In Shumerman's introduction scene, he tells a group of children the story of the Tortoise and the Hare—though with a twist. Instead of going slow and steady, the Tortoise gets imbued with the blood of a passing witch—before using his newfound magical speed to murder the Hare. It doesn't take a genius to see this is a metaphor about what happened to Licht and Sonohara—that his “blood” is what gives them control over their counts. Though what this means outside of this metaphor is a mystery that probably won't be answered anytime soon.
• I've cracked the code: Jail Murdoch ➔ Iron Jail ➔ Man of Iron ➔ Man of Steel. Jail is his world's Superman.
• You have to love that Jail has been secretly keeping a second ballet this whole time—and one far stronger than the one he wears normally.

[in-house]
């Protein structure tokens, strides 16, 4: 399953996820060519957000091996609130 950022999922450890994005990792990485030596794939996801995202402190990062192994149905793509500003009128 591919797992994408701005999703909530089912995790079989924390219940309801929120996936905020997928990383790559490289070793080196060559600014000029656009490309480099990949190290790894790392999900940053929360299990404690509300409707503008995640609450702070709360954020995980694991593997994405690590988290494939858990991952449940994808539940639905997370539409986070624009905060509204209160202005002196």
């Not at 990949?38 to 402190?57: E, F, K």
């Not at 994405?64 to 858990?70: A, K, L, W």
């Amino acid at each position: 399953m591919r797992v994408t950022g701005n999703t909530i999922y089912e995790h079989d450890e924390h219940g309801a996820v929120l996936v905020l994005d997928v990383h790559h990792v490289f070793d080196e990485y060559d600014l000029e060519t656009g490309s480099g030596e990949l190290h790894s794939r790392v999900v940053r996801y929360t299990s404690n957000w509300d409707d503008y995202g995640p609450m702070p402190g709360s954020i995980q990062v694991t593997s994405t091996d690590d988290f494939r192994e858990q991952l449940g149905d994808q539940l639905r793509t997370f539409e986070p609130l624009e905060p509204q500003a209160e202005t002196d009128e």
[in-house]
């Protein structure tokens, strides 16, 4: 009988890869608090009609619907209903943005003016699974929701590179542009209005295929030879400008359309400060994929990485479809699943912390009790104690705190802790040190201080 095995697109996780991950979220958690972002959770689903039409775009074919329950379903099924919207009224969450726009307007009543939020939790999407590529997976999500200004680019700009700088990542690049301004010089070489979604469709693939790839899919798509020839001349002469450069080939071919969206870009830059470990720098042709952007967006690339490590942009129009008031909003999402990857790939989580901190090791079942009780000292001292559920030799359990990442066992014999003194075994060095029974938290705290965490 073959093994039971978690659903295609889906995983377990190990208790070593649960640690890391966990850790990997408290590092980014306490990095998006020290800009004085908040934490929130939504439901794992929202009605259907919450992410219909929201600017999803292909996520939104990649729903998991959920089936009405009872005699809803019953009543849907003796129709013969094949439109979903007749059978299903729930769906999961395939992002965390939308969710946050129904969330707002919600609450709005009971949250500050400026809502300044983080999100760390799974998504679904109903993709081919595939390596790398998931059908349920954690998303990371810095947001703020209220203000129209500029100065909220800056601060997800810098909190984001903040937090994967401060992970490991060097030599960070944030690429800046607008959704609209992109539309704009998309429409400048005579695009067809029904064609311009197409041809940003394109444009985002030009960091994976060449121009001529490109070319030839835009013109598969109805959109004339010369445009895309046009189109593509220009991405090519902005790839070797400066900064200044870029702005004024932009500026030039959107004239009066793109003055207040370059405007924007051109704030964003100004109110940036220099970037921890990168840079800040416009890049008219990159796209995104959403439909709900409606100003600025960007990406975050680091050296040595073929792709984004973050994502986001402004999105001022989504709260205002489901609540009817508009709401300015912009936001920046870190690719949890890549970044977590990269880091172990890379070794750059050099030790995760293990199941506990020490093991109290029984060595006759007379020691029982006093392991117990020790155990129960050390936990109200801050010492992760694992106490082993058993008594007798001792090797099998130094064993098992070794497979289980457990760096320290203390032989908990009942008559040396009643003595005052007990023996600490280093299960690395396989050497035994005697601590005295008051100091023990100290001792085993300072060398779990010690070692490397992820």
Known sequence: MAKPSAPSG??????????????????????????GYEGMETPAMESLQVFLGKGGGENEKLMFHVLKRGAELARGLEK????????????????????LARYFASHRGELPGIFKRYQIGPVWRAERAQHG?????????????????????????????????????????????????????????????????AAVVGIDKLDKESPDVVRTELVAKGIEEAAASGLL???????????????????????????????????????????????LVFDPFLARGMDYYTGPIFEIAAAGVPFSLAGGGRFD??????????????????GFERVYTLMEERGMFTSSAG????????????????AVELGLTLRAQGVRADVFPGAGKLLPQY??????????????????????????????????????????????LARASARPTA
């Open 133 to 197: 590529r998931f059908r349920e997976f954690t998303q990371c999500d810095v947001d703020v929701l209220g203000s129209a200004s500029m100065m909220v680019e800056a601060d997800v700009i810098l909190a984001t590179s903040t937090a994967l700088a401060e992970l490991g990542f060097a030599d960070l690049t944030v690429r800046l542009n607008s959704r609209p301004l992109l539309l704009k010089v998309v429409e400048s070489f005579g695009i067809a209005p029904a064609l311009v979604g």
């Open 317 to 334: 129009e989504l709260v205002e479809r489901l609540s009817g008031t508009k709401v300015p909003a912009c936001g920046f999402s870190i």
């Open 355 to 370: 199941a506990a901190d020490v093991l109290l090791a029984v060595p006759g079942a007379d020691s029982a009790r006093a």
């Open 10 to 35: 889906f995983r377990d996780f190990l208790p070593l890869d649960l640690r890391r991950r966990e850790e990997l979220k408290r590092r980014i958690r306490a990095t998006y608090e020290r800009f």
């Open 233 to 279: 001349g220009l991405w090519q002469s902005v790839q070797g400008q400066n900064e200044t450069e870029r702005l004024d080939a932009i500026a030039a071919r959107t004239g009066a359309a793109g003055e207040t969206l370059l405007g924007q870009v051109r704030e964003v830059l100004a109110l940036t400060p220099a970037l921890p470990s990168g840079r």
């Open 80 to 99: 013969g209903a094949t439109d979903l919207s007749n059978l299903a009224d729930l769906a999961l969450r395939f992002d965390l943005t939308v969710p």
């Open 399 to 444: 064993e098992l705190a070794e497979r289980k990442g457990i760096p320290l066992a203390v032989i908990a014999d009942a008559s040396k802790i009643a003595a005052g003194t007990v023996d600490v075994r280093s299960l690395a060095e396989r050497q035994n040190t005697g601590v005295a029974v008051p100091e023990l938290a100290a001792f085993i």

• Judging from the flashback of Sonohara waiting for “Rihito-senpai” at the school gate, it looks like both she and Licht were originally from modern-day Japan—which fits given that their birth names are both Japanese.
• At this point, it's hard to believe Nana isn't a Legendary Ace herself. She just knows too much otherwise.
• The entire next episode preview promises a return of fanservice next week. Welp… it was good while it lasted.
Plunderer is currently streaming on FUNimation.